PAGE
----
After 950 meters the swimmers emerged from the lake, ran back around to the start pontoon and began another lap. Becky came out smiling and celebrating as she heard that she had done the 1st lap in under 19mins. She was swimming really well and clearly enjoying herself. Knowing this, Jake visibly relaxed and headed off to transition to get himself ready for the bike leg.

2016-06-27 13.59.34The leading swimmer entered transition after only 25 mins and the leading lady was just 4 mins behind in 4th place overall. Becky continued to swim brilliantly and soon emerged from the lake and ran up the grassy slope to transition to hand over to Jake in just 38:59. We were the leading relay team and in 44th place overall. Becky’s joy at this news was great to see and we just had to take the opportunity to get her onto the podium at that moment!

2016-06-27 13.59.30Jake disappeared off into the Cheshire countryside settling into his textbook aero position on his Canyon Speedmax flying machine. He makes cycling look effortless, but he even shocked us by reappearing after lap one in 5th place. He had overtaken 39 competitors in 32km and had now got his sights set on the top 4 guys, all of whom were very tasty triathletes. At the end of lap two he was upto 4th and by the end of lap 3 he was only seconds down on Phil Murphy in 3rd place. Jake completed the bike leg in 2:25:03, an amazing 7 minutes faster than anyone else. Admittedly he didn’t have to save himself for the small matter of running a half marathon but it still represented a pretty impressive performance. So says a very proud Dad!

Jake GauntletAs he came past at the end of each bike lap, I found myself becoming more and more nervous. Both he and Becky were performing brilliantly and I didn’t want to let them down. As I warming up my legs felt like jelly and I needed to give myself a good talking to “ you are the experienced one, you know how to perform, so just go out, relax and run”.

2016-06-27 15.45.49We had the advantage over the individuals in the race of a much quicker transition as all we had to do was rack the bike and then transfer the timing chip from Jake to me. So, luckily I got out of T2 ahead of Phil Murphy. I’ve been getting to know Phil over the last few months as he has been helping me with my bike position and I know what a strong and talented triathlete he is. So I decided to go off quite hard to try and put a bit of distance between him and me and then see how long I could hold him off.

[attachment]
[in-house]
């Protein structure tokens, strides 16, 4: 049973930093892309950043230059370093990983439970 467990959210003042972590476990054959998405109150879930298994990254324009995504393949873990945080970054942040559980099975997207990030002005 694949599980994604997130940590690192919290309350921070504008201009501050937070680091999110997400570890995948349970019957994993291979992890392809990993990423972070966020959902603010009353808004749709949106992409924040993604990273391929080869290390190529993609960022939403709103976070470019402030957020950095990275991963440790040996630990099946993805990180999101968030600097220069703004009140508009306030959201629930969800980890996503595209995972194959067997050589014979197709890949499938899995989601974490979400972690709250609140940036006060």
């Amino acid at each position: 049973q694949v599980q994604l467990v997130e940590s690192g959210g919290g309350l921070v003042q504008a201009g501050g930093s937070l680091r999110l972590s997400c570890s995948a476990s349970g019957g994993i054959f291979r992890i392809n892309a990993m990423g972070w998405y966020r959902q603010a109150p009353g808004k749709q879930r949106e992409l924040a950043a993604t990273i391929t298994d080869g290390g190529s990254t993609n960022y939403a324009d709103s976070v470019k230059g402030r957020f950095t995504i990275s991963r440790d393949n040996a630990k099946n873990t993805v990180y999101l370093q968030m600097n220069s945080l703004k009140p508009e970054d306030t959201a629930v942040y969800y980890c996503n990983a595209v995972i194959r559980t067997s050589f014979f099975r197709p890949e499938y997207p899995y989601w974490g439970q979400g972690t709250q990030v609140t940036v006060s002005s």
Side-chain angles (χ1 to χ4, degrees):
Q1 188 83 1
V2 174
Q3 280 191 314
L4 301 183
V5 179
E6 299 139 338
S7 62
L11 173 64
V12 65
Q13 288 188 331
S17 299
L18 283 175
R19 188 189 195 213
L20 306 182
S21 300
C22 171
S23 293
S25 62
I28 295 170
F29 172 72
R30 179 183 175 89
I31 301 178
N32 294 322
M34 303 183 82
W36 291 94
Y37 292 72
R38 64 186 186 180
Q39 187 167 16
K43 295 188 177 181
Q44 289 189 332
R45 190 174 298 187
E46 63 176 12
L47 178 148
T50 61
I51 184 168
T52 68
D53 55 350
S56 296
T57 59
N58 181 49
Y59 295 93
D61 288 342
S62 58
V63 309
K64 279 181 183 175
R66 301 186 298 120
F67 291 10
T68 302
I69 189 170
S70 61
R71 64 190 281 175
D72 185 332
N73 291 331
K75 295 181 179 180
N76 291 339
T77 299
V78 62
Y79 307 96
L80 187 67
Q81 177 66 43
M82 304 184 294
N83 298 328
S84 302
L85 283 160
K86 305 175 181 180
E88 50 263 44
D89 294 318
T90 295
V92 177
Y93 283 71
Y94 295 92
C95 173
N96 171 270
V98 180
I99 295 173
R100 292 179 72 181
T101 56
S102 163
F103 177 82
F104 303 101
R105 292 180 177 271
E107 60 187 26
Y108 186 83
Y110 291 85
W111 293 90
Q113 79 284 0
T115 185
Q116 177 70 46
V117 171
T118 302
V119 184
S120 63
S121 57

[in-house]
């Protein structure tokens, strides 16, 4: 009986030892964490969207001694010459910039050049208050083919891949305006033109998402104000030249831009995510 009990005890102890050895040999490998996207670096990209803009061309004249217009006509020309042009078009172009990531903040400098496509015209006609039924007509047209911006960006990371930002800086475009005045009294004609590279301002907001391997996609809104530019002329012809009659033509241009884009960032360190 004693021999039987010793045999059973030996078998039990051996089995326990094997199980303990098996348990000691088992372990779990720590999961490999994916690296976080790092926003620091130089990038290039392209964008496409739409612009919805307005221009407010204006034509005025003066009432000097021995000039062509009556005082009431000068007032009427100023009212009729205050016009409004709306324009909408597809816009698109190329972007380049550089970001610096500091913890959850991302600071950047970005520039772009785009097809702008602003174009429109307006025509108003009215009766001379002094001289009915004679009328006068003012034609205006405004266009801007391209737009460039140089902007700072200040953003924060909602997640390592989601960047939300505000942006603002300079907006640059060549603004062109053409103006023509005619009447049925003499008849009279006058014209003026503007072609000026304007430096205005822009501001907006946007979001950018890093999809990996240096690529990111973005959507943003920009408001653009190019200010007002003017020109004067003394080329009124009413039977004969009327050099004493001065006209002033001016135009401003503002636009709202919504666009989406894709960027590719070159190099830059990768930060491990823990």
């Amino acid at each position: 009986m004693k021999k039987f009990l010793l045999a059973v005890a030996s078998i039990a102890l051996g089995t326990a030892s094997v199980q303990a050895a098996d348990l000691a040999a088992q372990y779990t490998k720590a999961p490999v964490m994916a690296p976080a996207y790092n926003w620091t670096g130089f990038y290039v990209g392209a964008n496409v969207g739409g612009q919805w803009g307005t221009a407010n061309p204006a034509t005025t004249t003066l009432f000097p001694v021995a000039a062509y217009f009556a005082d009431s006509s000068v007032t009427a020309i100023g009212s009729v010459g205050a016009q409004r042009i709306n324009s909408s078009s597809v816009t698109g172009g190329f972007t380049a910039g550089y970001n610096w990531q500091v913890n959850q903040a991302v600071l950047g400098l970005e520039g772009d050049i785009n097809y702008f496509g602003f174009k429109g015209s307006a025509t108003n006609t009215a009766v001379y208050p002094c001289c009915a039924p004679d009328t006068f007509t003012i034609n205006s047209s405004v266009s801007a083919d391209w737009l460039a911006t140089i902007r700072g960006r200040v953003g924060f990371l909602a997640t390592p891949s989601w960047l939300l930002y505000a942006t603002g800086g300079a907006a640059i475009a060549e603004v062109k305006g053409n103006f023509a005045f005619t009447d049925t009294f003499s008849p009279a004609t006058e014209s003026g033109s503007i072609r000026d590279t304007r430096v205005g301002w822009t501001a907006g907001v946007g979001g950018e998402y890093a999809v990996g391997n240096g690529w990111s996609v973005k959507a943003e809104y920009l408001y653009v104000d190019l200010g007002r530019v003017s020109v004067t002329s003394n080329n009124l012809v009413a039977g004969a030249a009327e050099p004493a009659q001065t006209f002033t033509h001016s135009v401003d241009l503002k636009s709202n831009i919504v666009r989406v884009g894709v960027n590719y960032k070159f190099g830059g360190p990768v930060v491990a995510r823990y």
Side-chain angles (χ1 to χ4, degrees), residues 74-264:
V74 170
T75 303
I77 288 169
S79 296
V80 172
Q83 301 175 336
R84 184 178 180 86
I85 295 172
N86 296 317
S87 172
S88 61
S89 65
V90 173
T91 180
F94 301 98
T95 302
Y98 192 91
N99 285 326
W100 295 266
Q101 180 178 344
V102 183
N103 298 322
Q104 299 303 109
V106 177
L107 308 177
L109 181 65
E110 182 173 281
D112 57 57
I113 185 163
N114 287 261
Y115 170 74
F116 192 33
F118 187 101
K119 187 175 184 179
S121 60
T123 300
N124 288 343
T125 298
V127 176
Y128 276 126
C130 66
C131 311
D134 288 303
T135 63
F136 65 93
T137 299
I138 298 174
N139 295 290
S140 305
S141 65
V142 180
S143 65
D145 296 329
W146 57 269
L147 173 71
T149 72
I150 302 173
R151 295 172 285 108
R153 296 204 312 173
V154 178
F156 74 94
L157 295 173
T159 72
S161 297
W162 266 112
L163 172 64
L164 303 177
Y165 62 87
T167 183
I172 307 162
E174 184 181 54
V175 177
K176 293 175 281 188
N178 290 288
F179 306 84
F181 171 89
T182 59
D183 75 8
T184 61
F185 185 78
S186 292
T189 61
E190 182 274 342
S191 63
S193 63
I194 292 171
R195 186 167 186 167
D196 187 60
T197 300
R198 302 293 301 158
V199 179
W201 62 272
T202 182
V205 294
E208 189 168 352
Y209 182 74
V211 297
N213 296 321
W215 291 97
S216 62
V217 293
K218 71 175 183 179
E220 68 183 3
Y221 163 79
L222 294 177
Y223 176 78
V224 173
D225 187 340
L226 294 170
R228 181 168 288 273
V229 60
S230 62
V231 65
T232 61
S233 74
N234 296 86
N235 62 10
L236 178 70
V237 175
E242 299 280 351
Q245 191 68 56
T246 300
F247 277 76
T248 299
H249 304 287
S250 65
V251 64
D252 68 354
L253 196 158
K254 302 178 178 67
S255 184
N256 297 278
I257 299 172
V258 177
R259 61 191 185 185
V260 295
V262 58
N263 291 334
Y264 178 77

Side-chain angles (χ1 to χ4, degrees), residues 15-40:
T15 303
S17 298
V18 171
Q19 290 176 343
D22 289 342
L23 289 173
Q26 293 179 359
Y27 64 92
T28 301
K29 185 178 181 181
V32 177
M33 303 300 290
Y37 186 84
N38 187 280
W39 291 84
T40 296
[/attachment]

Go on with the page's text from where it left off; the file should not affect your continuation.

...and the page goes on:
The run was three laps of 7km and each lap included an out and back section where you could eyeball the competition and then a stinging hill up and around the castle. As I came back down the out and back on lap one I could see that I was about 400m ahead of Phil and probably 1000m down on Chris Standidge in 2nd place.

By lap two I managed to lengthen my lead on Phil but was now approx. 1500m down on Chris. I was still feeling good and running with a strong rhythm. As I got onto lap 3 I knew that I’d be able to hold on and keep the pace up. All I had to do was tackle the castle hill for the final time and then it was downhill all the way to the finish shute. Jake and Becky were waiting and we crossed the line together, all delighted with our mornings effort. We finished 3rd overall and 1st relay team. 4:28:58 was our finishing time. I really didn’t imagine we could get close to 4:30:00 so to go under this barrier was a hugely satisfying achievement. My run time of 1:23:37 was also way faster than I’d expected and so this provided another little layer of pleasure.

Gauntlet finish lineCrossing the line together was very emotional for me. I felt really proud to have competed alongside Jake and Becky and to have Ben, my other son, Kathy and my sister Judith cheering us all on throughout the day made it really special.

2016-06-27 15.45.48I know that in many of the events that I race I become very focused, lost in my own bubble of concentration, sometimes unaware of the support and sacrifice that the family make on my behalf and so it was brilliant to experience racing in a different way this time. This felt like a real shared experience and one that I’d love to repeat again and again.

So, you can imagine just how delighted I was to be asked later in the day “When can we do that again?”

I love it when a plan comes together.

I love it when a plan comes together.

I love it even more when I can see evidence of a dream coming true.

Yesterday I ran the Liverpool Half Marathon. It’s a while since I’ve run a big City race with many thousands taking part and there is something really special about the atmosphere of these events. This gathering of people of all shapes, ages and ambitions to celebrate health and fitness, to enjoy being alive, filling bodies with fresh air, cheered on by loved ones is an example of humanity at its best. If you haven’t been along to support or participate in one of these great events then you really must. With 6500 people in the field yesterday, there were 6500 different stories and probably 6500 different reasons for taking part. What a fantastically inspiring way to start a Sunday.